Thus, the gas-phase conversion of SrO in nitrating atmosphere yields water-soluble products: Sr(NO3)2 (major product), Sr(OH)NO3, and Sr(OH)2.

3.3. MoO3 Conversion

The gas-phase conversion of MoO3 in nitrating atmosphere with the formation of water-soluble compounds can be described by the following hypothetical reaction equations:

MoO3 + 2NO2 + 1/2O2 = MoO2(NO3)2 (13)

MoO3 + 4NO2 + O2 = MoO(NO3)4 (14)

MoO3 + 2HNO3 = MoO2(NO3)2 + H2O (15)

MoO3 + 4HNO3 = MoO(NO3)4 + 2H2O (16)

In accordance with Equations (13)-(16), the conversion of MoO3 in nitrating atmosphere should lead to an increase in the sample weight due to the formation of molybdenum oxonitrates. However, no weight gain was observed in the course of the experiment.

The powder X-ray diffraction pattern of the products of the MoO3 conversion in nitrating atmosphere is well consistent with the patterns calculated theoretically from the crystallographic data available in JCPDS-ICDD for MoO3 [19].

Analysis of data on the Mo content in the aqueous phase after the contact of the products of the MoO3 conversion in nitrating atmosphere with water shows that the Mo concentration in the aqueous solution obtained is on the level of the MoO3 solubility in water, equal to 7.4 × 10−3 M at 18˚C [20].

The results obtained show that the gas-phase conversion of MoO3 into water-soluble compounds in nitrating atmosphere does not occur to noticeable extent.

3.4. ZrO2 Conversion

The gas-phase conversion of ZrO2 in nitrating atmosphere with the formation of water-soluble compounds can be described by the following hypothetical reactions:

ZrO2 + 2NO2 + 1/2O2 = ZrO(NO3)2, (17)

ZrO2 + 4NO2 + O2 = Zr(NO3)4, (18)

ZrO2 + 2HNO3 = ZrO(NO3)2 + H2O, (19)

ZrO2 + 4HNO3 = Zr(NO3)4 + 2H2O. (20)

In accordance with Equations (17)-(20), the conversion of ZrO2 in nitrating atmosphere should lead to an increase in the sample weight due to the formation of oxonitrates and nitrates of zirconium. However, no weight gain was observed in the course of the experiment.

The powder X-ray diffraction pattern of the products of the ZrO2 conversion in nitrating atmosphere is in good agreement with the X-ray diffraction pattern presented in the JCPDS-ICDD database for ZrO2 [21].

The solubility of the products of the ZrO2 conversion in nitrating atmosphere was evaluated by ICP-MS. No Zr was detected in the aqueous phase (its content was below the detection limit of the ICP mass spectrometer used). Thus, in contact of the products of the ZrO2 conversion in nitrating atmosphere with water, Zr does not noticeably pass into the aqueous phase.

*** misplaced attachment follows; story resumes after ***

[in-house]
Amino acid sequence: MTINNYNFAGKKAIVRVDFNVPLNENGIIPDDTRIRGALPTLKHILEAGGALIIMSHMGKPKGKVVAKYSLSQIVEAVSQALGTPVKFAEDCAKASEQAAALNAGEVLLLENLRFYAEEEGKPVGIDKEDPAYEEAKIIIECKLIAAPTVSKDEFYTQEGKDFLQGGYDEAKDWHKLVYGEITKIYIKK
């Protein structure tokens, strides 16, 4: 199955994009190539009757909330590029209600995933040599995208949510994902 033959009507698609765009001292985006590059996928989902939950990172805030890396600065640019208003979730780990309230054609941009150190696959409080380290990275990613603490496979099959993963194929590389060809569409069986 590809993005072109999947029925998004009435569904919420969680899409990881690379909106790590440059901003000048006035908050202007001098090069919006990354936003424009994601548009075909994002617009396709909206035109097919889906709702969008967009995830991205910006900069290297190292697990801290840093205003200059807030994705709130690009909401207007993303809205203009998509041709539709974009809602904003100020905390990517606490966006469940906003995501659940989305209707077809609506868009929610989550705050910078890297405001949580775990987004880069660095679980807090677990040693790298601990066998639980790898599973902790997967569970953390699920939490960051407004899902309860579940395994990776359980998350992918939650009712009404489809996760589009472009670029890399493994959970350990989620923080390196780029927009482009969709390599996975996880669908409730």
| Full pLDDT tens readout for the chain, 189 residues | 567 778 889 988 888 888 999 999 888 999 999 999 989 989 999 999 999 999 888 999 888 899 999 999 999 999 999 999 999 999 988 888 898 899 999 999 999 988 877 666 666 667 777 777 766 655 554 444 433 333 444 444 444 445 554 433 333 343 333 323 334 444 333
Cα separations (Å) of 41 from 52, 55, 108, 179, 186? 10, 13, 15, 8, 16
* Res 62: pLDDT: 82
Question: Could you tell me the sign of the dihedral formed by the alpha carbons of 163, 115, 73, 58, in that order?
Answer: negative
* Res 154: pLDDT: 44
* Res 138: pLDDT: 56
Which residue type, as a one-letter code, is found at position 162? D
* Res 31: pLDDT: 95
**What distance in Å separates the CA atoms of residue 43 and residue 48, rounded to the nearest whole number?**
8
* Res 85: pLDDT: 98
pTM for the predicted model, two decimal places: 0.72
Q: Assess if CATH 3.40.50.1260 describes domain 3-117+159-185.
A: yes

The results obtained show that the gas-phase conversion of ZrO2 into water-soluble compounds in nitrating atmosphere does not occur to noticeable extent. The behaviour of ZrO2 is similar to behaviour of MoO3.

3.5. Conversion of the U3O8-MoO3 Mixture

Despite the fact that real SNF is not a mechanical mixture of oxides but is a solid solution of Mo, Sr, and Zr in uranium dioxide, in the course of voloxidation this solid solution can partially transform into a mixture of oxides. Therefore, we studied the behavior of the U3O8?MoO3 (10 wt%) mechanical mixture in nitrating atmosphere.

The results of experiments on the gas-phase conversion of the U3O8-MoO3 (10 wt%) mixture in nitrating atmosphere show that in virtually all the cases the mixture undergoes weight gain. In most cases, the color of the mixture changed from black to yellow. When the products of the conversion of the U3O8-MoO3 (10 wt%) mixture in nitrating atmosphere were treated with water, a yellow solution formed, and a black or white precipitate remained. The black precipitate remained in the case of incomplete conversion of U3O8. In the case of complete conversion of U3O8, the precipitate had white color characteristic of MoO3.

The yellow solution formed upon interaction of the conversion products with water had the absorption spectrum identical to that obtained upon the gas-phase conversion of U3O8. The optical absorption spectrum of the solution corresponded in the shape to the absorption spectrum of UO22+.

The powder X-ray diffraction pattern of the products of conversion of the U3O8-MoO3 (10 wt%) mixture in nitrating atmosphere contains lines observed previously in the X-ray diffraction patterns of the products of the gas-phase conversion of U3O8 and MoO3, taken separately, in nitrating atmosphere, i.e., the gas-phase conversion of the mechanical mixture of the oxides occurs by the same mechanisms as the conversion of the individual oxides.